Recent Perspectives in Catalysis under Continuous Flow
Green Biotransformations under Flow Conditions
Perspectives on the Use of Flow Systems to Carry Out Organic Photochemical Reactions
Sustainable Approaches to C–H Functionalizations Through Flow Techniques
Ionic Polymerisation and New Approaches to Polymerisation under Flow Conditions
New Microreactor Designs for Practical Applications Realized by Additive Manufacturing
Additively Manufactured Advanced Flow Reactors for Enhanced Heat and Mass Transfer
Integrated Microreaction Systems of Microdevices with Conventional Equipment
Automation of Flow Chemistry
Upscaling the Aza-Diels–Alder Reaction for Pharmaceutical Industrial Needs in Flow Chemistry
Industrial Continuous-flow Chemistry under cGMP Conditions
About this book
Historically pharmaceutical and fine chemical products have been synthesised using batch methods, but increasingly chemists are looking towards flow chemistry as a greener and more efficient alternative. In flow chemistry reactions are performed in a reactor with the reactants pumped through it. It has the benefit of being easily scaled up and it is straightforward to integrate synthesis, workup and analysis into one system. Flow chemistry is considered a greener alternative to batch chemistry because it is easier to control and minimise hazardous intermediates and by-products. There is significant interest in the use of flow chemistry both in the lab and on an industrial scale.
Flow Chemistry provides an update on recent advances that have been made in the field. Particular emphasis is given to the new integrated approaches that bring together several elements to implement flow processes as a regular green chemistry tool for the chemical industries. With chapter contributions from several well-known experts in the field, this book is a valuable resource for researchers working in green chemistry and synthesis, chemical engineers and industrial chemists working in the pharmaceutical and fine chemicals industries.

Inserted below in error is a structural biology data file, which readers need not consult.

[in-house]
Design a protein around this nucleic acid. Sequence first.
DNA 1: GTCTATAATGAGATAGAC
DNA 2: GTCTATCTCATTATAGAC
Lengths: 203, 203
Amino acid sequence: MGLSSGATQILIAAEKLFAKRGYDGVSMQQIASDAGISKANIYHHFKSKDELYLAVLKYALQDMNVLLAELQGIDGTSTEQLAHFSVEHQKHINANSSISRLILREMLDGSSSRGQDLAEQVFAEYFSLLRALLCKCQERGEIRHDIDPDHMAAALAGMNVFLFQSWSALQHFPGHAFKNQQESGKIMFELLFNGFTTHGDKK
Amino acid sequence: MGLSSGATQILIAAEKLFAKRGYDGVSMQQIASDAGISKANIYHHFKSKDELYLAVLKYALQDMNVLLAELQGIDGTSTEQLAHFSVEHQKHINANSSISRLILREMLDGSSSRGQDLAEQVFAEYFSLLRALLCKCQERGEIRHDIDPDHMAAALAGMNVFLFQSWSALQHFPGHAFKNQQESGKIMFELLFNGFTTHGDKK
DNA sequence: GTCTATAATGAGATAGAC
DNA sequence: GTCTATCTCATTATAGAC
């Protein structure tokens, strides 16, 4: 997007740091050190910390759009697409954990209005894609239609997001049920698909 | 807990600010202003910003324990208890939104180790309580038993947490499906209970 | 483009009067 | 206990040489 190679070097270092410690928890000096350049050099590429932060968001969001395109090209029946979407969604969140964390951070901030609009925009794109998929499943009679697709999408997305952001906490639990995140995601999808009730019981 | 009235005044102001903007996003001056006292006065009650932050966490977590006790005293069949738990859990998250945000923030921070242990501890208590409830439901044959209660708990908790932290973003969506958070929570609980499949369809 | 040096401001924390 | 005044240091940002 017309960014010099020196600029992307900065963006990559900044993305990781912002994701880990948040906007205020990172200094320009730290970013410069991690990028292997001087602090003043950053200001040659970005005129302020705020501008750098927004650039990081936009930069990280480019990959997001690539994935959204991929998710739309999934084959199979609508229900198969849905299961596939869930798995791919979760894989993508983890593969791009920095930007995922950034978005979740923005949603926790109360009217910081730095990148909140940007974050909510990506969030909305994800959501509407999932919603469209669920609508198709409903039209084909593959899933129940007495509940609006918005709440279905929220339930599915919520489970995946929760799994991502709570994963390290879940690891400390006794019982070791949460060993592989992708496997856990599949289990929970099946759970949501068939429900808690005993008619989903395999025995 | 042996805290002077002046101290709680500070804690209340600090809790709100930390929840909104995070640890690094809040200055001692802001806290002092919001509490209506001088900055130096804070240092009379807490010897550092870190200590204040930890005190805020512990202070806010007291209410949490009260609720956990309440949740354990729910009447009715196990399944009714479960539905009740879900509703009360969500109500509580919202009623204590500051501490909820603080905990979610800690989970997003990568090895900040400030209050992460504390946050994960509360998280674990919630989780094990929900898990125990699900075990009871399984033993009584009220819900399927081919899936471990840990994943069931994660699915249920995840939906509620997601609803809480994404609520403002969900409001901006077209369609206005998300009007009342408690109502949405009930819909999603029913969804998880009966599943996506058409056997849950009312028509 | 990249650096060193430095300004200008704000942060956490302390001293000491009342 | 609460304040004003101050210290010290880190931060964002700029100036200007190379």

Santiago V Luis is Professor of organic chemistry at the University Jaume I, Castellon, Spain.
He studied Chemistry at the University of Zaragoza and completed his PhD at the University of Valencia in 1983 working on mechanistic studies using functional polymers. After postdoctoral work at the University of Pittsburgh (USA) under the supervision of J. Rebek, in Supramolecular chemistry, he obtained an academic appointment at the University Jaume I in Castellón (Spain) where he is Head of the research group in Supramolecular and Sustainable Chemistry. Research areas involve Supramolecular and Biomimetic chemistry and new tools in Sustainable and Green Chemistry, with emphasis in catalysis and flow chemistry using polymer-supported reagents and catalysts.
Eduardo Garcia-Verdugo is Professor of organic chemistry at the University Jaume I, Castellon, Spain.
He obtained his chemistry degree at the University of Valencia (1995) and his PhD in chemistry at the University Jaume I (Spain) in 2001. After working as a researcher at Nottingham University (UK) under the supervision of M. Poliakoff (until 2004) as a MSCA fellow, he returned to Spain and worked as a Ramon y Cajal fellow at the University Jaume I until 2009, and then he obtained a permanent position as Cientifico Titular of CSIC at ICP (Madrid) (2009–2010). In 2010, he moved to a permanent academic position at the University Jaume I. Currently, he is working on the integration of different so-called enabling techniques (catalysis, polymeric materials, continuous flow processes, microreactors, bio-catalysis, neoteric solvents (ILs, SCFs)) to develop more efficient and greener organic transformations.